Overfeeding should be avoided since betta Channoides are prone to obesity. You should only be feeding your betta Channoides fish once or two times a day.
Dissolved oxygen Levels
The extra food might start to accumulate at the bottom of the tank leading to decreased dissolved oxygen levels. The dissolved oxygen levels will decrease when the food starts to rot. And you will have to clean your tank sooner. Although the use of an aerator is always recommended to ensure appropriate dissolved oxygen levels, food rotting disrupts the clean environment of the aquarium.
Loaches and cyprinids can be kept in the tank to overcome this issue. Since they are bottom feeders, they are good at clearing up any leftover food.
Betta Channoides are mouth brooders this means that they collect their eggs in their mouth. Specifically, they are paternal mouth brooders, since the male betta Channoides parent is responsible for this job. This is because, in the regions where betta Channoides live, bubble nesting is not possible because these streams always have some form of a current and the bubble nests are very visible.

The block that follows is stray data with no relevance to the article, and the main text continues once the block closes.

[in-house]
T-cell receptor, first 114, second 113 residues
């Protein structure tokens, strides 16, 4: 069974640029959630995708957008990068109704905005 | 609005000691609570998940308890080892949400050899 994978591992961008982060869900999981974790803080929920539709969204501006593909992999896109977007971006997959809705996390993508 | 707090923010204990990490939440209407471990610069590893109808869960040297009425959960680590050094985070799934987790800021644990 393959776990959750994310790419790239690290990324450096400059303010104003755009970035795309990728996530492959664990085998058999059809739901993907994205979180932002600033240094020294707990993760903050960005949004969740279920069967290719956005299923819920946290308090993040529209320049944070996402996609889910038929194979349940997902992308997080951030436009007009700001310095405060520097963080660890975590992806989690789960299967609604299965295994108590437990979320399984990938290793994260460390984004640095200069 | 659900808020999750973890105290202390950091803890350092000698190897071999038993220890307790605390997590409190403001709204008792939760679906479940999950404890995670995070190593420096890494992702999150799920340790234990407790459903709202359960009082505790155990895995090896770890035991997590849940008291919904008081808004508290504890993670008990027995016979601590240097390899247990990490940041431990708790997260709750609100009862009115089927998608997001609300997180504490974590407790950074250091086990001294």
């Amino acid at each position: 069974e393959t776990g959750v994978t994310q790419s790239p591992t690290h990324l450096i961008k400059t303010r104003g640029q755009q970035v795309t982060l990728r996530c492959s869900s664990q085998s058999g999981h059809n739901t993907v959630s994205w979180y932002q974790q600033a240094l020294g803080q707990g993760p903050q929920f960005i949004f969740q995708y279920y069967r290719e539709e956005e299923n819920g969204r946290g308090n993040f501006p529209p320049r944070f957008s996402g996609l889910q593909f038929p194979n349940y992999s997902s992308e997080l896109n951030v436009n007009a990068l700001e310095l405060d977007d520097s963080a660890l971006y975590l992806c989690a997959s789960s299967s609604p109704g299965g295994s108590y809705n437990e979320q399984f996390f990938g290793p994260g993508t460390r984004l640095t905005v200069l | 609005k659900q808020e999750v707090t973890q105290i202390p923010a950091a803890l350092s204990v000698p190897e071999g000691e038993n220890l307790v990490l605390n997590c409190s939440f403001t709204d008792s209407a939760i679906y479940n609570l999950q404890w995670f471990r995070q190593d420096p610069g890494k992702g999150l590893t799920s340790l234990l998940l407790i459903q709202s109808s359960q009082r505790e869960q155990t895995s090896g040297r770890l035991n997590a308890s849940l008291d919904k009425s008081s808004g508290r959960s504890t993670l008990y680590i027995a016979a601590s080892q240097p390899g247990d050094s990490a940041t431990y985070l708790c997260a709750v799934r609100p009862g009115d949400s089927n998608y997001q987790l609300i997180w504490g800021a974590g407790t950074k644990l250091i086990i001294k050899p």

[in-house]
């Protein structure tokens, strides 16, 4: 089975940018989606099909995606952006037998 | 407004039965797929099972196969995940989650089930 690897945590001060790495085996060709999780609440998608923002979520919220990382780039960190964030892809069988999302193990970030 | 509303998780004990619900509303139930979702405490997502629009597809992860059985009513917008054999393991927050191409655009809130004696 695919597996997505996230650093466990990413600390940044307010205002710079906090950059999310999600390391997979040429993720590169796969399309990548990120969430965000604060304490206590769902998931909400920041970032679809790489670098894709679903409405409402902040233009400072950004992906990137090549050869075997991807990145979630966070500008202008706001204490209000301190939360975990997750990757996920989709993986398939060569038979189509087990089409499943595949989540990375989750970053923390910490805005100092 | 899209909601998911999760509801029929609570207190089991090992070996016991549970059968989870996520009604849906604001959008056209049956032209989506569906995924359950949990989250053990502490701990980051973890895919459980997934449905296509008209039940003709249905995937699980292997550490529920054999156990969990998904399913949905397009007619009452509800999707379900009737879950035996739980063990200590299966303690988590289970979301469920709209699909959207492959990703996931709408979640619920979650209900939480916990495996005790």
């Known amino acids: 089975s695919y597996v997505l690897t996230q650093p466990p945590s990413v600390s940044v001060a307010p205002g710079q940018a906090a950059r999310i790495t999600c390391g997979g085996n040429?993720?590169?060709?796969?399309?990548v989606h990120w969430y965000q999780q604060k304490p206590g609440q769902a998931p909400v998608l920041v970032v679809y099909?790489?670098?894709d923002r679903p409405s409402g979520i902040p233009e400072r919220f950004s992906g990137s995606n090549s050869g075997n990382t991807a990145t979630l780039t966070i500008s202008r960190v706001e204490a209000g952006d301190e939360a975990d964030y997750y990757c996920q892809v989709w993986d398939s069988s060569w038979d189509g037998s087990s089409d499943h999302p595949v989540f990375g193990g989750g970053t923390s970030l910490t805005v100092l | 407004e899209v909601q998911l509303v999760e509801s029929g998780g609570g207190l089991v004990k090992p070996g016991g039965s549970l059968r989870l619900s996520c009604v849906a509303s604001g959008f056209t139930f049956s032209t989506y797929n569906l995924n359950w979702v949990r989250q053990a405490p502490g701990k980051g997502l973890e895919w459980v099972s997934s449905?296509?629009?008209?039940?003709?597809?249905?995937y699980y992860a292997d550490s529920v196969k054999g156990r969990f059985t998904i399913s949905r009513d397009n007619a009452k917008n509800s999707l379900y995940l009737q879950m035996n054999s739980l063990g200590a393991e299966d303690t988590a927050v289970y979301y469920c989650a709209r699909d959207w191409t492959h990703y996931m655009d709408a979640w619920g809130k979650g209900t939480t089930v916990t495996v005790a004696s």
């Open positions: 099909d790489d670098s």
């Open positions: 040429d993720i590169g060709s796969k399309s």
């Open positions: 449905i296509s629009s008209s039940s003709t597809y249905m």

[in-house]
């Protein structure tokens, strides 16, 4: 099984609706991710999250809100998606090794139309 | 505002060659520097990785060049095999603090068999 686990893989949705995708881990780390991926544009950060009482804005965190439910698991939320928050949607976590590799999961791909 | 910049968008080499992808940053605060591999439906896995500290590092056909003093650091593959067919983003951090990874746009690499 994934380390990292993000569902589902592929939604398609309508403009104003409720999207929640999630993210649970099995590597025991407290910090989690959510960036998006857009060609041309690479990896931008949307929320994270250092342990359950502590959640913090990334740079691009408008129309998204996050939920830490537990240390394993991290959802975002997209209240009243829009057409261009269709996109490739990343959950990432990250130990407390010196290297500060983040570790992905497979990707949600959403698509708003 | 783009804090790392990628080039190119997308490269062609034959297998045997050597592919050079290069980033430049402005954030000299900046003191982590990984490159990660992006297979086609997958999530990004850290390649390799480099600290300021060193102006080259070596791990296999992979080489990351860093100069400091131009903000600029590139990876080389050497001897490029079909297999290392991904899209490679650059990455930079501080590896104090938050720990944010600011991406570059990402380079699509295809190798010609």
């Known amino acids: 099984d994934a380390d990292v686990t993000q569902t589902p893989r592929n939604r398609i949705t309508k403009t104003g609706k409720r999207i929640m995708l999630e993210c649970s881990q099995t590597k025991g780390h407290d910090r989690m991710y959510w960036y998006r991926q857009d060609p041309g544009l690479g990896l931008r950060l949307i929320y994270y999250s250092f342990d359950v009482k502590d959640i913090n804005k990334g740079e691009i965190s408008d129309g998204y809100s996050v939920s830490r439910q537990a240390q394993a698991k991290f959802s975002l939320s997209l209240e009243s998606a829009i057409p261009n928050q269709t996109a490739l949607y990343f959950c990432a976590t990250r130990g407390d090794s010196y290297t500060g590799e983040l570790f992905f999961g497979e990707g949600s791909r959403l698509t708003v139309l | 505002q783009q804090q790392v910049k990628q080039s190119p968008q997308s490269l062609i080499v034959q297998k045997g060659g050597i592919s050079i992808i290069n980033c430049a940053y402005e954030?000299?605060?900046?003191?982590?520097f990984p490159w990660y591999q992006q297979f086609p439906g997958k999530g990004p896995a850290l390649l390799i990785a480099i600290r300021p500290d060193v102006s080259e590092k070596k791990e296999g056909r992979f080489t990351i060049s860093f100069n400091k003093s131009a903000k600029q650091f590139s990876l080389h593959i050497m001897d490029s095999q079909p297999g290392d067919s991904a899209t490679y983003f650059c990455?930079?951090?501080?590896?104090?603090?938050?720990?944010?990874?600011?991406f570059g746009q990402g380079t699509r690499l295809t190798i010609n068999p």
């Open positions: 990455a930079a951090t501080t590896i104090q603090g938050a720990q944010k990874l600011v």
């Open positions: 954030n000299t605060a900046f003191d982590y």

When breeding is to occur the males develop a more intense color and flare up their fins. This attracts the female fish when they develop vertical bars and the male and female embrace each other. It is important to keep betta Channoides of the same sex separate from each other when breeding is to occur. The male and female embrace multiple times. Each embrace releases eggs that are collected by the male in its mouth. Embracing continues till all the eggs are released and are collected in the male’s mouth.
Development of Eggs
Size of Eggs
Betta Channoides have big eggs ranging from 1 mm to 2 mm in diameter. They are significantly larger than the eggs that develop in bubble nests in other betta species.
The eggs develop in the mouth of the male betta Channoides fish till they become fully developed fries and come out. The incubation period is about 10 to 15 days, with 12 days being observed most often, and if full term is reached fully developed fries form.
Feeding and Minimizing Stress
For the first 5 days, both fish are not to be fed i.e. the male and female. After 5 days, you make separate the female fish and feed it but the male does not eat it throughout the incubation period since it might accidentally swallow the eggs. It is important to minimize the stress on the male betta Channoides fish so that it does not become restless and eat the eggs. Stress can be minimized by increasing plant cover on the tank, increasing the water temperature, dimming the light, etc.
Number of Fries
About 3 to 30 fully formed fries can be released at the end of the incubation period but this number might even go up to 60. So it is necessary that the tank has enough space.
Size, Appearance, and Optimum Temperature